News-story from: Franklin Homepage Paper
Holding onto her partner’s forearm, Linde LaChance found herself swung in a circle over and over, her body parallel to the ice only inches below her head and back.
Her white skates glided around as she returned to an upright position, and the two continued on to the next jump in their routine.
“It’s hard,” LaChance said, leaning over the rail for a break. “You’re not just an athlete or a ballerina. You’re having to perform, and doing the exact same moves as your partner. You have have to have the strength of a football player and the grace of a ballerina.”
On Thursday afternoon, LaChance and Kenneth Anderson, both 20, prepared for the 2016 Prudential U.S. Figure Skating Championships in Saint Paul, Minnesota. Ten years ago this summer, the Franklin natives were just learning how to move in unison together on the ice as two fifth-graders. And after this weekend, they could become nominated for the U.S. National Team, traveling around the world competing.
With ability to bypass regionals, the duo placed fifth in sectionals. Only the top four from each sectional got the chance to compete in the national spotlight, but after one of the teams that finished ahead of them dropped out, they were able to nab a spot to complete with the 11 other best groups from across the country.
Practicing a newer move in their routine, Anderson catapulted LaChance in the air. Unable to complete her rotations before landing, she fell to the ice and slid across the cold surface. The fall was enough to make a casual figure skating watcher cringe.
“That is just something you get used to,” she said. “I equate it to being tackled by a football player. But unlike with football, the impact and hardness of the ice will stay the same.”
Anderson said their unity on the ice has become natural, and tossing up his petite partner in the air takes a lot more effort outside of the rink than when they perform.
Hours go into the two participating in ballet and working on their lifts. They start slow and progress to doing the moves faster before they lace up their skates to go at it full speed.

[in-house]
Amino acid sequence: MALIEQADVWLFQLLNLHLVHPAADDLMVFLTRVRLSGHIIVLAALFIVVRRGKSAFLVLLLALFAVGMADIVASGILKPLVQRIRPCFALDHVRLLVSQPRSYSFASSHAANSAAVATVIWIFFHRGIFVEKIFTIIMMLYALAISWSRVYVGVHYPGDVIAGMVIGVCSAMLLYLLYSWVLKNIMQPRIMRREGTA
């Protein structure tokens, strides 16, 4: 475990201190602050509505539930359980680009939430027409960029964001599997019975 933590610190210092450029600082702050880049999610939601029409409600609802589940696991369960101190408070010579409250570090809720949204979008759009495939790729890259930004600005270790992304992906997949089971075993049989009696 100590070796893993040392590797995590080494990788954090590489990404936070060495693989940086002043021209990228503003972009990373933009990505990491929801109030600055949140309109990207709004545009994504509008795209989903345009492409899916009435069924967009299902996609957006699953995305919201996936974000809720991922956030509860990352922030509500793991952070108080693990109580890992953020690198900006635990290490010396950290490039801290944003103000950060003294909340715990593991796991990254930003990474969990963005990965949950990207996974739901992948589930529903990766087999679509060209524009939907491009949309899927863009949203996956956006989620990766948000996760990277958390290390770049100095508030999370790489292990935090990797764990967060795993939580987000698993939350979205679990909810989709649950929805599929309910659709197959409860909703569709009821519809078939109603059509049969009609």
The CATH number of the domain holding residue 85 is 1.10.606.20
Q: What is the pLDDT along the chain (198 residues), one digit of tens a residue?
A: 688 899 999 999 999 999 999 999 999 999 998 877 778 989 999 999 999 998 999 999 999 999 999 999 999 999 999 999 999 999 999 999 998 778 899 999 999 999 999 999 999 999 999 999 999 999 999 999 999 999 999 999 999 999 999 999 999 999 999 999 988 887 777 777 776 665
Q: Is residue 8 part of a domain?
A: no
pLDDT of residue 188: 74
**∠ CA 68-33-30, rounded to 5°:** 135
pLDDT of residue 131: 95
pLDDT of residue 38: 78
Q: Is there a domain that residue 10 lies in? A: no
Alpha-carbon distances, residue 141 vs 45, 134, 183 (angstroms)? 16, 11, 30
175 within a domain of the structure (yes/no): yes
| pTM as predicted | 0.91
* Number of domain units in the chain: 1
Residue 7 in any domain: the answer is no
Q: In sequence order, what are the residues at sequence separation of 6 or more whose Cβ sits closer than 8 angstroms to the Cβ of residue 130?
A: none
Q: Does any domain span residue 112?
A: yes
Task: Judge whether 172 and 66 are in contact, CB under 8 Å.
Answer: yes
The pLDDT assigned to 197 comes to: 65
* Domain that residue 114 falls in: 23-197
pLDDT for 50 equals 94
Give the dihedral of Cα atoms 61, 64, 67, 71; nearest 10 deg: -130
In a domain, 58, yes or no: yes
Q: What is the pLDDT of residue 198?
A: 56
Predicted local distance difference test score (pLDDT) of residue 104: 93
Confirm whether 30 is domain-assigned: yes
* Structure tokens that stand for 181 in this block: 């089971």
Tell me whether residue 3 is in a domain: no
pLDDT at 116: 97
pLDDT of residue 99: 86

“It’s a lot of responsibility,” Anderson said. “I am not the one who is going to feel it when she falls. So I do everything I can to eliminate the blow if we were to mess up. But it’s not always possible.”
The two started skating at young ages, with both having other family members infatuated with spending time circling around a rink.
They are also the only team in the country that consists of two full-time students – LaChance attending Belmont University for music business and Anderson at Vanderbilt University for chemical engineering.
Starting early in the morning, the duo works out before their classes and again in the afternoon. Coordinating their schedules with competitions provides a small hurdle, but the two consider it worth the hassle for chasing their dream. Naturally, sleep and other college proclivities come low on the priority list.
“I’ve had some professionals who told me that I am wasting my time doing this and trying to make it in music business,” LaChance said. “I’ve had some who are really supportive that I am making it all work. And right now, I have just finished recording an album and have a deal in the works with a label.”
During Thursday’s hours-long practice, LaChance and Anderson skated through their short and long programs. Both have different themes, which require two sets of outfits and thought processes for each performance.
The long program is tougher for the duo, lasting four and half minutes. While that pocket of time can easily slip by on a clock, the pair consider it challenging.
“Yeah, it seems short, but you have to match everything that person is doing the entire time,” LaChance said. “You also have to match that person’s endurance and intensity for the entire performance.”
Two more ice skaters from Middle Tennessee who practice at A-Game Sportsplex – Jake Pagano, 16, and Kristen Lyle George, 14 – will also compete in the intermediate level at nationals. It is their fourth season as a pair.
Pagano attends Father Ryan High School and George goes to Centennial. Before moving up from the juvenile level, they were ranked fifth in the nation. This will be their first year to compete in this age bracket.